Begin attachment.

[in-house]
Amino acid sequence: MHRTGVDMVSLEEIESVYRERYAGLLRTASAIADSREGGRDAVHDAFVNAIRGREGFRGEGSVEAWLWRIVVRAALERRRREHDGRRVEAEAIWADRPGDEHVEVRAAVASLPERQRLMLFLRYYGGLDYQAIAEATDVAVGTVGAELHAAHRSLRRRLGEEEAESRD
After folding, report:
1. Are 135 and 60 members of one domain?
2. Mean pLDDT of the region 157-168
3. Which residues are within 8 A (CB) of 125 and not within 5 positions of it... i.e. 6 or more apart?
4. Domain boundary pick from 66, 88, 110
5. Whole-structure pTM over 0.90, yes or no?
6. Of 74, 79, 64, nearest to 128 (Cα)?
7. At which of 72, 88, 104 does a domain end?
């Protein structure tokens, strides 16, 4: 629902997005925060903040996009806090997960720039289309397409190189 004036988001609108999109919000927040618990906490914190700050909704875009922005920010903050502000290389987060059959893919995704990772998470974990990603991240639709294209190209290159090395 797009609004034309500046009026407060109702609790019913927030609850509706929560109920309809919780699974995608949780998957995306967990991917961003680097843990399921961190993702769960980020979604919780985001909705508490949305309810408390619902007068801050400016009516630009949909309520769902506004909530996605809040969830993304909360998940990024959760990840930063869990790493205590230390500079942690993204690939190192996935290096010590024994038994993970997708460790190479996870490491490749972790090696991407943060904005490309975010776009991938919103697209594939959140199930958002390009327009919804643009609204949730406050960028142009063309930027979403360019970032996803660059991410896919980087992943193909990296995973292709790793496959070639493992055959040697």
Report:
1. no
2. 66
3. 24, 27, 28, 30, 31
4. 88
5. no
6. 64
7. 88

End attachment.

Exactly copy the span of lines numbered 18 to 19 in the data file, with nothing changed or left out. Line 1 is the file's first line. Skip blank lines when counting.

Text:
6. 64
7. 88